luka

Well-known member
Staff member
Sadly I think what he does now is a better indicator of what he would be like in power than what he did in the 1990s.

Putting compromise above principle is how you win elections and how you end up with Blair. But someone has to push things to the left and hold people to account.

we were talking about this on a few music threads eg

so much of our opinions are "reactionary" in the sense of being situated within some context of what we perceive as the larger opinion

so much of thinking someone is "bad" or "good" is, under the hood, about whether we think they're over- or underrated

Bourdieu talks about this with political positions a bit too, the way that a text "pushes" against current opinion, tries to "twist the stick in the other direction." the opinion doesn't exist in a vacuum but against the dominant ideology it's responding to
 

DannyL

Wild Horses
That is interesting. Beyond the wider context of electability, I guess a lot of my opinions are shaped in reaction to the old leadership's dreadful hypocrisy on FP.
 

Mr. Tea

Shub-Niggurath, Please
Staff member
I think there is a sliding scale between clinical technocrat and populist lunatic and I think we can all agree that whilst the latter is undesirable it is definitely what the punters are lapping up right now. It has always been a mistake to be too rational and @DannyL has read his Wilhelm Reich so he knows all about that. For all his faults there was an energy about Corbyn that we have yet to see with Starmer.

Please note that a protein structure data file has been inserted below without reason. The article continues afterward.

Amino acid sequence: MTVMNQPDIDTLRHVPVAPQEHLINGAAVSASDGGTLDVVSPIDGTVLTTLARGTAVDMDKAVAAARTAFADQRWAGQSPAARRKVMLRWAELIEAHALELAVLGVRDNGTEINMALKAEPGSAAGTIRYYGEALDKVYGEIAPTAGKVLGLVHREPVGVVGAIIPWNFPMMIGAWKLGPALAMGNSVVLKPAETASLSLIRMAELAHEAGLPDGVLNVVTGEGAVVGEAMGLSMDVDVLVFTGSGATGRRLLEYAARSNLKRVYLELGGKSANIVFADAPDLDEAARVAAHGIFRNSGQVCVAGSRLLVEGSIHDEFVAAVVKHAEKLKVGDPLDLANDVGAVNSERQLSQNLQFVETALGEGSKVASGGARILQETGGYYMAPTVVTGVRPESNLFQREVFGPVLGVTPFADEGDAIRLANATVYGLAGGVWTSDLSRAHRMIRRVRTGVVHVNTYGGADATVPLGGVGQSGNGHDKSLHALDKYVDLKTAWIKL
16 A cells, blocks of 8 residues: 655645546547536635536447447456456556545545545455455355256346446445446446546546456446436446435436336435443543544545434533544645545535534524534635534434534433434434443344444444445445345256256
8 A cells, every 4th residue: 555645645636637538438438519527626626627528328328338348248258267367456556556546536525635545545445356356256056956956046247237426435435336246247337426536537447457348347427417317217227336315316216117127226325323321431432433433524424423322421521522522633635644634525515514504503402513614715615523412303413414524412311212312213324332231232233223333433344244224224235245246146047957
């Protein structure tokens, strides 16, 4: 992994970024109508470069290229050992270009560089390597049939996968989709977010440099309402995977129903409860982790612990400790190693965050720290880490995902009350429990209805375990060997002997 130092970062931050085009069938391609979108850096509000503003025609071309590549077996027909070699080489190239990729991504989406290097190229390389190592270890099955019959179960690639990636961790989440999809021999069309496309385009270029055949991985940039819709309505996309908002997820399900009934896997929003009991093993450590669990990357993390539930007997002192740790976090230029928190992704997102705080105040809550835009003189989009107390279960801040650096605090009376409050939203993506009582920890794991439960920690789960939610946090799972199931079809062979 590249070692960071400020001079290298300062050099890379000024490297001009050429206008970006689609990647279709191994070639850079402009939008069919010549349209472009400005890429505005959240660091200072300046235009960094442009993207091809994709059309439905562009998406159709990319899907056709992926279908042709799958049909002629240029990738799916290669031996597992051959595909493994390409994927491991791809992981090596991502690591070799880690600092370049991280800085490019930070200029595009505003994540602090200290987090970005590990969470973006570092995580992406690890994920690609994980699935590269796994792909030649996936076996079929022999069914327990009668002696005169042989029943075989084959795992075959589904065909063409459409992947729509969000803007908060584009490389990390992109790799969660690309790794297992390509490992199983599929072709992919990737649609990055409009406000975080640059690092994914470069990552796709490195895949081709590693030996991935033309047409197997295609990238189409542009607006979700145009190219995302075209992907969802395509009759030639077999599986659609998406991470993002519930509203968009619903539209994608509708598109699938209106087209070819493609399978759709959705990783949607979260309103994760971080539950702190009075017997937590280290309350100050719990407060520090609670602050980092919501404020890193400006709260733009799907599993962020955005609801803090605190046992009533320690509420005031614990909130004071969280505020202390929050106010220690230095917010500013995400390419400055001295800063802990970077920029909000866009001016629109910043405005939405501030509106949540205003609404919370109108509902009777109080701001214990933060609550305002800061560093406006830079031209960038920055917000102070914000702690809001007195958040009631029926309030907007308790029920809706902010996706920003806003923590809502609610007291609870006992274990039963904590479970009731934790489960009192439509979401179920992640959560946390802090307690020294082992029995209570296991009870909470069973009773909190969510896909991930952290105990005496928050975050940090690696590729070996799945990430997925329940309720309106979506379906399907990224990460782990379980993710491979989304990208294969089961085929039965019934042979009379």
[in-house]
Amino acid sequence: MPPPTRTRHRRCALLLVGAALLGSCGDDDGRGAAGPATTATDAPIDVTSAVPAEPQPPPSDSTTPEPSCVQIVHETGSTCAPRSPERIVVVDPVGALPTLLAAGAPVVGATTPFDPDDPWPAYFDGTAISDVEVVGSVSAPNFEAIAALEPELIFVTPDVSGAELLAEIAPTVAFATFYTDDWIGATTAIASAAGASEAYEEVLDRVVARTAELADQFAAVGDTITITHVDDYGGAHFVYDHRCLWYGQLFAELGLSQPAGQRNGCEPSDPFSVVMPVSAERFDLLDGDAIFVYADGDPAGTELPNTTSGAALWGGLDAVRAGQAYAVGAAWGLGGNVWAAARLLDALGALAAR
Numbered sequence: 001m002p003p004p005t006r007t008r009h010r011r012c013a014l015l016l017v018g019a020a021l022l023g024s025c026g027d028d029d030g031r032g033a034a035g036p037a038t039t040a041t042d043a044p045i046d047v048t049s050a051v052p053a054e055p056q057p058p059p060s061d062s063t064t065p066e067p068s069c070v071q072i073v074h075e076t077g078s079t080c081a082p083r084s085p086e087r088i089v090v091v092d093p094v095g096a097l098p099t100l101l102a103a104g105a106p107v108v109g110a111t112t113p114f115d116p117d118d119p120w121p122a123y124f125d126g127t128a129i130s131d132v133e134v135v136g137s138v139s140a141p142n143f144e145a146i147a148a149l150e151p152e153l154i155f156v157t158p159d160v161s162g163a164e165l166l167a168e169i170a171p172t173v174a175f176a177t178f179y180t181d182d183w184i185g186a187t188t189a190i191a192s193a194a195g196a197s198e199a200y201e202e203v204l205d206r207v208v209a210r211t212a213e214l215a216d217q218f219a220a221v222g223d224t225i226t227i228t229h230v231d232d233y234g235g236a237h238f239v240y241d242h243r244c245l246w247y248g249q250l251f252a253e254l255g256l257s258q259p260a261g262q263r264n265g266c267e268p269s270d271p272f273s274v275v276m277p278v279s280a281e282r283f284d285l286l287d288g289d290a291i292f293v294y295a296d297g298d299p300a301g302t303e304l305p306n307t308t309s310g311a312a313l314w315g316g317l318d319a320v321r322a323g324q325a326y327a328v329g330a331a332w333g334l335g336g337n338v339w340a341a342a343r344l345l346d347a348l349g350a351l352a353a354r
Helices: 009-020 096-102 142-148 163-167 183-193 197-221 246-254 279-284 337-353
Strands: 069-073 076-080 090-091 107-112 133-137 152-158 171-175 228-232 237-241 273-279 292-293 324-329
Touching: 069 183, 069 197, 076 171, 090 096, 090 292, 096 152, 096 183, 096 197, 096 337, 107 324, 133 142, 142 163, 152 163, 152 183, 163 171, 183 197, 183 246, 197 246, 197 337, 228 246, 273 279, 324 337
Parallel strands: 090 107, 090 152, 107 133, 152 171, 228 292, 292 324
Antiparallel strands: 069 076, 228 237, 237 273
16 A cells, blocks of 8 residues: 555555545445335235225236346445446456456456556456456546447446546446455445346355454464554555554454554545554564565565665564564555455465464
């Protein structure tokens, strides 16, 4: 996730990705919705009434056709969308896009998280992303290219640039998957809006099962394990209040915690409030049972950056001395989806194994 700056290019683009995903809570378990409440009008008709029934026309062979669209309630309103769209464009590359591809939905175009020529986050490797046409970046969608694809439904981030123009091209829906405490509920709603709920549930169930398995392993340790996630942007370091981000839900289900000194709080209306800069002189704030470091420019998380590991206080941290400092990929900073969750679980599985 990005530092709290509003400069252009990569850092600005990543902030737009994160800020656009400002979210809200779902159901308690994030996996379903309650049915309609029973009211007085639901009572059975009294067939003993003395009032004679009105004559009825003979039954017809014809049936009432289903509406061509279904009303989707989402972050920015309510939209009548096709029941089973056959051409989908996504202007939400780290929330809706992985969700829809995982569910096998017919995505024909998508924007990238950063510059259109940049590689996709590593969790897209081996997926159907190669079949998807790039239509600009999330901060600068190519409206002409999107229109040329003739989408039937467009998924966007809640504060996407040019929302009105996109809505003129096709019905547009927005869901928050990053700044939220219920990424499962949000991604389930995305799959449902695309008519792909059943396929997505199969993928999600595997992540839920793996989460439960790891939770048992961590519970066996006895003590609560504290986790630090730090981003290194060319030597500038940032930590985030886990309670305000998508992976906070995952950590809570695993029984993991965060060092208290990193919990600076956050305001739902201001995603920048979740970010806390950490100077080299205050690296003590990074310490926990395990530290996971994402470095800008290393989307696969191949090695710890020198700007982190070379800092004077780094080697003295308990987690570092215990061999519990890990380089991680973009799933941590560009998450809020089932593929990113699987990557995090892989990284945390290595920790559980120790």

I suppose it would be too much to expect that one person could both know their shit, legalistically and politically, and be an effective rabble-rouser.

Something I found a bit disappointing about Corbyn was how often he failed to land killer rhetorical blows on the government. I think this was sometimes because it would have meant deviating from his palaeo-left-euroskeptic stance - I remember when he was campaigning in some stereotypically "left behind" northern town, and gave a speech where he sympathised very much with local people's woes and their desperation for Brexit, without at any point saying that those woes actually had sod all to do with either immigration or the EU and were the result of 40 years of Thatcherism and a decade of gratuitous, punitive austerity.